AUSTIN, Texas — The Texas Senate Special Committee on Redistricting began public hearings this week for a process that only happens once every 10 years.
The redistricting process is used to determine how many seats each state gets in Congress based on data from the U.S. Census Bureau. In Texas, the state legislature uses that data to equally split up the U.S. House seats across the Lone Star State.
Basically, it's the process of redrawing maps that set congressional, legislative and State Board of Education boundaries.
Based on preliminary information and data, Texas could gain three seats in Congress due to a population spike of four million people over the last 10 years, according to testimony provided to the committee on Monday.
This week, the committee will continue conducting virtual regional public hearings. Senate Resolution 4 paved the way for legislators to use video conferencing to hear public comment as a safety measure due to the ongoing pandemic. More hearings are scheduled for February.
“Redistricting is always a process,” said Ross Ramsey, executive editor of The Texas Tribune. “Political maps and all of that and how we're represented and how voters match up with politicians, that's always the subject of really, really long public hearings. The public really wants to be heard. People that you don't necessarily think of as the public, you know, city officials, county officials, local officials, they want to be heard. It's going to be hard to do all of that."
The committee won’t be able to move forward on any solidified legislation that would reset the boundaries until official data from the U.S. Census Bureau is received, which won’t be until February at the earliest. The deadline for data delivery is April 1.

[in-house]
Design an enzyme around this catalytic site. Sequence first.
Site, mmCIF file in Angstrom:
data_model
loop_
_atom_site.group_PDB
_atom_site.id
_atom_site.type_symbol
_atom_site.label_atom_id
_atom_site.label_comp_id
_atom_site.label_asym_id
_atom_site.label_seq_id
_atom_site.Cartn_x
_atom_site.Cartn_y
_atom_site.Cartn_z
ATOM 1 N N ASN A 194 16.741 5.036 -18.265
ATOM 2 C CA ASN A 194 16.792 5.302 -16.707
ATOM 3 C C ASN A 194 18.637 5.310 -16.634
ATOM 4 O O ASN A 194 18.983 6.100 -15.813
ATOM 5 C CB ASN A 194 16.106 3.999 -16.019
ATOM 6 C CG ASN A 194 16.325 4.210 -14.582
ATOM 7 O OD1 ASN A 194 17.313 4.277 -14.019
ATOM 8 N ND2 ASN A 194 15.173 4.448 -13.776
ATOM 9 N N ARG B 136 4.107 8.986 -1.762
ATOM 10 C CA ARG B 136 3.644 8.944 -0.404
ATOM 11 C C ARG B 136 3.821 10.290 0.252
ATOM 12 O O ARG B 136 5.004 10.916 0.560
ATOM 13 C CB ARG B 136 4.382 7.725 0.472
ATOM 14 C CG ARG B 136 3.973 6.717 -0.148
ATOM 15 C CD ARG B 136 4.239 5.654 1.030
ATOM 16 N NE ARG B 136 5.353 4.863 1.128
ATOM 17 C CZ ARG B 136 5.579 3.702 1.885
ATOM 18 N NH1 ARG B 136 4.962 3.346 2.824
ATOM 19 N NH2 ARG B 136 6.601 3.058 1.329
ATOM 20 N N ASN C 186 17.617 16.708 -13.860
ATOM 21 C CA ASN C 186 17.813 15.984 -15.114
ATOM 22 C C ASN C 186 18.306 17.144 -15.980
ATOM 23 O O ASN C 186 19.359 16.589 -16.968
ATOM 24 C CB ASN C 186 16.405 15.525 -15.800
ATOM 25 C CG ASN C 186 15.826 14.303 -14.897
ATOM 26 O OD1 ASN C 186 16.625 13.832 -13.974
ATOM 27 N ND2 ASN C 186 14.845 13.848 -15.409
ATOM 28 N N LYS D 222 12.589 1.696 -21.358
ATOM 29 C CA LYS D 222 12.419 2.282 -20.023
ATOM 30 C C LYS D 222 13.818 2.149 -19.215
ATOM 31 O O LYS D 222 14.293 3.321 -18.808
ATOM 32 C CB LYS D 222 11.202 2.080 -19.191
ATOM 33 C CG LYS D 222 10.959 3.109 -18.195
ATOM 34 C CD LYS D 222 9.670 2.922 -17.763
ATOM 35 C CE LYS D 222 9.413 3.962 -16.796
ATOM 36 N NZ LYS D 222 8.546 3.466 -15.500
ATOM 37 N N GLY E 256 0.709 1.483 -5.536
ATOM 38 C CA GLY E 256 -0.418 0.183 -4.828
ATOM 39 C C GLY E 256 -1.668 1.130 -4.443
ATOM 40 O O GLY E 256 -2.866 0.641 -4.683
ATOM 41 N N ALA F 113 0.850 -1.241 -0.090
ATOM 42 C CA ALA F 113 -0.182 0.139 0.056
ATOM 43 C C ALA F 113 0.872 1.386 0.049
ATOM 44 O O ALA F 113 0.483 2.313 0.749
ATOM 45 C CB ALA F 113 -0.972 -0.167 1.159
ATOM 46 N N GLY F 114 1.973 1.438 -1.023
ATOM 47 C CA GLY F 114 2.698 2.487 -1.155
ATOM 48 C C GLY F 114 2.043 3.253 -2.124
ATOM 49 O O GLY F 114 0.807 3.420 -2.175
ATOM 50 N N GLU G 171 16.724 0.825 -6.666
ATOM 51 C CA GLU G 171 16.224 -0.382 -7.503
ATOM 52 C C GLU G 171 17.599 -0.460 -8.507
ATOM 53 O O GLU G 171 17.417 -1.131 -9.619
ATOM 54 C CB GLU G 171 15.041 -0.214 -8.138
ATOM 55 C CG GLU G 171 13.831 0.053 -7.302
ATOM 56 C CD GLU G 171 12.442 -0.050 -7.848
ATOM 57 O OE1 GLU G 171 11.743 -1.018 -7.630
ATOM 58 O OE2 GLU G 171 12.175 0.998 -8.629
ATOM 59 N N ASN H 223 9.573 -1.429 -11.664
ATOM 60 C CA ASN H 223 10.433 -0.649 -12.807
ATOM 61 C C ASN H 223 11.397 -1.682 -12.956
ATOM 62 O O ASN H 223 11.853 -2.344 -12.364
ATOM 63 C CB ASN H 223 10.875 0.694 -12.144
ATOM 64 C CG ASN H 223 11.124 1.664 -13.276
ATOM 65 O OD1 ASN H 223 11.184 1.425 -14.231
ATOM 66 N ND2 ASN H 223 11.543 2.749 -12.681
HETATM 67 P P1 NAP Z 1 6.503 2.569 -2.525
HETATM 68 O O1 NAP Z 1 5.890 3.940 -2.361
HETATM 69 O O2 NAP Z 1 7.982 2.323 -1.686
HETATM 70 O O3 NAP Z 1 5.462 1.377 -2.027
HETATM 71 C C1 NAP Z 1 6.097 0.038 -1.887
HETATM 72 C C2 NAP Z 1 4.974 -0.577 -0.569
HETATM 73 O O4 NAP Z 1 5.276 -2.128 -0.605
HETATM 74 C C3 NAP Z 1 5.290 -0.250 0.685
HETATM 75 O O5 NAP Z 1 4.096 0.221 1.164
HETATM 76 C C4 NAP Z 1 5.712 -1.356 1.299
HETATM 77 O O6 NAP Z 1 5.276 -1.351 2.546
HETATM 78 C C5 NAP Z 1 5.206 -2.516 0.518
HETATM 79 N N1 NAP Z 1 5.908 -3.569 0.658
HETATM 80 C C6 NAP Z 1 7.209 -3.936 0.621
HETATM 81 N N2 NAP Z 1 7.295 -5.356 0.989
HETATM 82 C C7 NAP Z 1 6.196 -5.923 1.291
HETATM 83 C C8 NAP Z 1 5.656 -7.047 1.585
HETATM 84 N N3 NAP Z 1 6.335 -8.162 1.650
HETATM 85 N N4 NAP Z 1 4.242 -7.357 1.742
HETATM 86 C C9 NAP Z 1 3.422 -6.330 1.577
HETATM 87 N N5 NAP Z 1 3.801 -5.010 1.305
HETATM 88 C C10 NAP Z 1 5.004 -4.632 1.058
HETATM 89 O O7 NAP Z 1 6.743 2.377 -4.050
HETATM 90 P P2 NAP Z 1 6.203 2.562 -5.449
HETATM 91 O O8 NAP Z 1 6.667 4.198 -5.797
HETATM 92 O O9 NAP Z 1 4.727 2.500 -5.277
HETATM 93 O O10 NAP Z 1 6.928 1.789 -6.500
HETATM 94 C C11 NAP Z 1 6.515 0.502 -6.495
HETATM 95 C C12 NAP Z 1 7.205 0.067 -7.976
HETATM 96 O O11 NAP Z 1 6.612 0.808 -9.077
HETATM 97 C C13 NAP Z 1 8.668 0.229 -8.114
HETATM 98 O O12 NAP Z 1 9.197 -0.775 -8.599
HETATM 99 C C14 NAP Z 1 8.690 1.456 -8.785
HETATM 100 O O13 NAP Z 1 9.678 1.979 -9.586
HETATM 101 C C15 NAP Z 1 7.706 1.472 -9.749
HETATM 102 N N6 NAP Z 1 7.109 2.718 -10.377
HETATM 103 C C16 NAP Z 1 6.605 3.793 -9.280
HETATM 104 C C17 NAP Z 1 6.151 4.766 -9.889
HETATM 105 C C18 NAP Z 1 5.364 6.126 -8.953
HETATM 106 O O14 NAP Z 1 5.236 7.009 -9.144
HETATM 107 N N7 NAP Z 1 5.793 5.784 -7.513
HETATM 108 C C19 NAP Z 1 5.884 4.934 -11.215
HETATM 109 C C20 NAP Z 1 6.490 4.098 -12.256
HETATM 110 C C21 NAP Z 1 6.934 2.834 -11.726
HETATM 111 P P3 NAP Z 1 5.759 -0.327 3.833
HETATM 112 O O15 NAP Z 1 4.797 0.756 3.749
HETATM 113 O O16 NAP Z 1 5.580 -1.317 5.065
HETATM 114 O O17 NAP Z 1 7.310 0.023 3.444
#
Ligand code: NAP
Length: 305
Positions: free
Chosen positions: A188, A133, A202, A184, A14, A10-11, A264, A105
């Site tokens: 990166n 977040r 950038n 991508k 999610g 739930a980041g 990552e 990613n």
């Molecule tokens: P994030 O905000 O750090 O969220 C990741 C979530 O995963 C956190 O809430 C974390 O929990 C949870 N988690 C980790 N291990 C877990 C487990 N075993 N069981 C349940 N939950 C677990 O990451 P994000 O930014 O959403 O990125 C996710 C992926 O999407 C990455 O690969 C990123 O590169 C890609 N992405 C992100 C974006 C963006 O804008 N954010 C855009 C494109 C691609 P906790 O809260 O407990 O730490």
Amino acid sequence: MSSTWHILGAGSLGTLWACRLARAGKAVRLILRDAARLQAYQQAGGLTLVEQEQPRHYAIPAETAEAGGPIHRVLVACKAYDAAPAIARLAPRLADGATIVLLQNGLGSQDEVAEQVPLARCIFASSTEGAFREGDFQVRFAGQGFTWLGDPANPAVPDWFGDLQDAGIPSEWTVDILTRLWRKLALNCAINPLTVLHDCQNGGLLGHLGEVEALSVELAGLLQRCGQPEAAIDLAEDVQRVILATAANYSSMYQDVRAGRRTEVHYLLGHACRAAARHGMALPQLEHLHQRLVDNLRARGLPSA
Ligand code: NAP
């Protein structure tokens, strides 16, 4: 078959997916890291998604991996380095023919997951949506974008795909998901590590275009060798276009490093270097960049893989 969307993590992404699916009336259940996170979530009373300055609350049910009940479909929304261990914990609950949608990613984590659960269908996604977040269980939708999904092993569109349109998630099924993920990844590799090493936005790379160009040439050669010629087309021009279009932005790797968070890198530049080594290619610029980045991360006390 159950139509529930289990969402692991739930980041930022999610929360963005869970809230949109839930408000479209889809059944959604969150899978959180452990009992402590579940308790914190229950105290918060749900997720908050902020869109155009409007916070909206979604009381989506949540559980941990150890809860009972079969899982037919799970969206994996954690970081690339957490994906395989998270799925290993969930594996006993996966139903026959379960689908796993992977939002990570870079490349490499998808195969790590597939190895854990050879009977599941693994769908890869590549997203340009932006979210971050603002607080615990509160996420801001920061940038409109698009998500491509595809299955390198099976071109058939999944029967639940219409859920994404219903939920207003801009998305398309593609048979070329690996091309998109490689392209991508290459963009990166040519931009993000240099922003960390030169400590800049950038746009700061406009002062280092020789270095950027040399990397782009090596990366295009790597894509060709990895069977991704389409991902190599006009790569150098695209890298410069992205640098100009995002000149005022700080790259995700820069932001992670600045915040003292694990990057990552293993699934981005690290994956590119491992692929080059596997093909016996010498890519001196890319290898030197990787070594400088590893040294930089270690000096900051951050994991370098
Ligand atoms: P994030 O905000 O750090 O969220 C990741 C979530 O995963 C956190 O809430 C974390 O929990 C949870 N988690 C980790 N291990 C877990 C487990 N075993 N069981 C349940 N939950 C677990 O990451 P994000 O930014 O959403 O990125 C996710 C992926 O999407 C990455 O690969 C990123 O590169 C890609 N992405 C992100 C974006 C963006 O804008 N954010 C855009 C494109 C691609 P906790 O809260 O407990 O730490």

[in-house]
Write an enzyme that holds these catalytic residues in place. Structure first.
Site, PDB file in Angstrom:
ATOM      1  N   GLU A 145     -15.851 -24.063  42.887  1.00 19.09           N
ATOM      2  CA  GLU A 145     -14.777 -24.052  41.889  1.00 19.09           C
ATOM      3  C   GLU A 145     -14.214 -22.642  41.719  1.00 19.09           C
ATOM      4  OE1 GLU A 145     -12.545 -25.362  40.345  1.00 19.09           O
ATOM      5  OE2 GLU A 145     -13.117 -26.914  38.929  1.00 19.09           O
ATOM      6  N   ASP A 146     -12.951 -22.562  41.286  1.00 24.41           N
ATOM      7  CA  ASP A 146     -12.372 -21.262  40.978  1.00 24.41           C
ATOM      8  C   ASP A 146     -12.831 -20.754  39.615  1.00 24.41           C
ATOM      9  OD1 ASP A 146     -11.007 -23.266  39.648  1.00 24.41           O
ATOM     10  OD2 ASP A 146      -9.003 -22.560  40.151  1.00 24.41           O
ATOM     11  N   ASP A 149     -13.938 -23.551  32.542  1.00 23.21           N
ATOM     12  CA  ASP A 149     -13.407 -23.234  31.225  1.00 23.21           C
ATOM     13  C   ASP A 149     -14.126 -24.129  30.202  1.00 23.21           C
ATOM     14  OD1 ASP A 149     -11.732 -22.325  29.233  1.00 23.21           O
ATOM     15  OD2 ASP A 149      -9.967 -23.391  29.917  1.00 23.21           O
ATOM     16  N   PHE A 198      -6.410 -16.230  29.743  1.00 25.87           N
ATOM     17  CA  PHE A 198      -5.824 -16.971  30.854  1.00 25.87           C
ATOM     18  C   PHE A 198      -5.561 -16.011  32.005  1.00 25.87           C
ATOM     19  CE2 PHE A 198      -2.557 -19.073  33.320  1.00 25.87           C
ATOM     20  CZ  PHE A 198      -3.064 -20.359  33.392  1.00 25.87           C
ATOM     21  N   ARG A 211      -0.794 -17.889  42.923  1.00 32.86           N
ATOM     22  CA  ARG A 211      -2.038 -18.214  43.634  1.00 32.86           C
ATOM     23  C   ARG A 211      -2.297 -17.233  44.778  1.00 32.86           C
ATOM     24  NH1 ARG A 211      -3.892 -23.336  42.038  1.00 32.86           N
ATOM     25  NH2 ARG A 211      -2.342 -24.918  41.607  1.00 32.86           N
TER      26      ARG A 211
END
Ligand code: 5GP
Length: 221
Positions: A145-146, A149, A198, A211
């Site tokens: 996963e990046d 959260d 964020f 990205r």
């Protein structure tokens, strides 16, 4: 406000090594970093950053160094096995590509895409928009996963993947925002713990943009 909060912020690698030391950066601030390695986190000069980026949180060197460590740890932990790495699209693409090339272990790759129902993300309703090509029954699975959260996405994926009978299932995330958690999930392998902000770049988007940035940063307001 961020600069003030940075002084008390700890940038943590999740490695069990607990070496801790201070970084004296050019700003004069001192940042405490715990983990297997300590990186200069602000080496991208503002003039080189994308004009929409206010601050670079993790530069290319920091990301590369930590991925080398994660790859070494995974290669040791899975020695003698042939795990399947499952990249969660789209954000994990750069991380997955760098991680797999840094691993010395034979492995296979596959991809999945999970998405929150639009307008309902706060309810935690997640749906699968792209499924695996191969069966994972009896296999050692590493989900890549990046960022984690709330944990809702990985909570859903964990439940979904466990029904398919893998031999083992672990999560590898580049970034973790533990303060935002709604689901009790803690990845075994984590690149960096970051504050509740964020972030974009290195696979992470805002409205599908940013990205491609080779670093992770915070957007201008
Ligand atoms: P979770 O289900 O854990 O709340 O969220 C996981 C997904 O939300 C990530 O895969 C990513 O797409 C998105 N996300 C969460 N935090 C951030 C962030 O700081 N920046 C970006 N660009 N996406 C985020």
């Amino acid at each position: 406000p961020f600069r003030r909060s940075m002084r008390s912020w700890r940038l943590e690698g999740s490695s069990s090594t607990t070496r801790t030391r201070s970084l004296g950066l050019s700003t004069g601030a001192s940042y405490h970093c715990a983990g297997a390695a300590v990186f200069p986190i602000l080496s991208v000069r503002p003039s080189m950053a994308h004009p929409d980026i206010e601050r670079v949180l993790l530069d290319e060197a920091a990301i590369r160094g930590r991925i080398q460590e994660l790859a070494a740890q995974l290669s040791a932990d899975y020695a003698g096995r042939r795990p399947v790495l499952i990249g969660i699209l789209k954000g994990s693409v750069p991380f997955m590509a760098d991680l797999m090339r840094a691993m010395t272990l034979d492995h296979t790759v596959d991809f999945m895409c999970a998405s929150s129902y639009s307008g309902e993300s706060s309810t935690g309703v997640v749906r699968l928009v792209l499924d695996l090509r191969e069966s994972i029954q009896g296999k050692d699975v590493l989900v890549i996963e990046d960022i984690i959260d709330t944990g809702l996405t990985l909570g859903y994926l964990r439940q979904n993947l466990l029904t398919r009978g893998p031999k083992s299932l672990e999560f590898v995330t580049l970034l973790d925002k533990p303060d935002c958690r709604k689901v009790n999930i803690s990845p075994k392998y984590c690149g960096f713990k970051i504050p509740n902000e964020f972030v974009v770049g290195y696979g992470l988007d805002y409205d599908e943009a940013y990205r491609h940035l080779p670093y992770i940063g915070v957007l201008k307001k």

That means the state legislature could have as little as 60 days to draw and adopt the new legislative boundaries before the regular session ends, which is set for May 31.
The goal is to split the state up equally by population, not geographic size, for each seat of representation.
“When politicians start looking at this, they start doing things like, you know, ‘I want to represent this part of town and not that part of town and that county and not that county. And make sure I draw my opponent into another district and not into mine,’” Ramsey said in an interview with KVUE political anchor Ashley Goudeau. “When you start getting all of those kinds of things going, the maps get very, very strange and very, very funny looking. And that's where gerrymandering comes in. It's drawn. This is a political process. And the maps that come out are really, really political.”
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